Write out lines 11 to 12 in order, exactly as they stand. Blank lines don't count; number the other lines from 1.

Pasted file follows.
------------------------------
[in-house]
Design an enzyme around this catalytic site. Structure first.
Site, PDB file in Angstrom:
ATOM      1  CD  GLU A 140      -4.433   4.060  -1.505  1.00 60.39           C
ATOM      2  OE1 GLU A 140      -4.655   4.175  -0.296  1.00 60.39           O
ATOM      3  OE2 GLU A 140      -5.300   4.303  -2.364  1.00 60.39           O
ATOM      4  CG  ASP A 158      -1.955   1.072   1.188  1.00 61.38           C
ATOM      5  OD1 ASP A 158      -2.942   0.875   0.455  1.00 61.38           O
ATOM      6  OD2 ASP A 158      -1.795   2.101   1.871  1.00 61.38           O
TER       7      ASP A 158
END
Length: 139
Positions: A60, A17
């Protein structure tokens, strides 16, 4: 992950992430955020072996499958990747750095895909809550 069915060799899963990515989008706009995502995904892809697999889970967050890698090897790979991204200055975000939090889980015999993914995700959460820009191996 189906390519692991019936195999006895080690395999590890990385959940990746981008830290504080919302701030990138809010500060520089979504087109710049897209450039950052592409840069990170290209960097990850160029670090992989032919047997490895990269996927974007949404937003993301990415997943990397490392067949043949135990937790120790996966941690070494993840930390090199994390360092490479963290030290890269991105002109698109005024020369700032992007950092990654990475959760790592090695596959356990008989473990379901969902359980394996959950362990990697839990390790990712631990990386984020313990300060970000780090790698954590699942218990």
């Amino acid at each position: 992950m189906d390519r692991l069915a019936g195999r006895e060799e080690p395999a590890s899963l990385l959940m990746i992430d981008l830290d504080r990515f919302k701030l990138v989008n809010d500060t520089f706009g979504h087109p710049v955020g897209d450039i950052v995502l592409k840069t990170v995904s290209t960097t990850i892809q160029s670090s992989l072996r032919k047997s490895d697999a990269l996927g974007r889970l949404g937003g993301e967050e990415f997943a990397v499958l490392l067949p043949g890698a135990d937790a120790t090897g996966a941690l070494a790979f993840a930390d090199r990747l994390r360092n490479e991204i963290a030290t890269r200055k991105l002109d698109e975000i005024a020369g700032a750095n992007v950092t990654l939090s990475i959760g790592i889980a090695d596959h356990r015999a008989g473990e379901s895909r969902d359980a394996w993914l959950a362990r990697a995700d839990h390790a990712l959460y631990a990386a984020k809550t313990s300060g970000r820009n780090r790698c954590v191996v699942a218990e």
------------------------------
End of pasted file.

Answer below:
END
Length: 139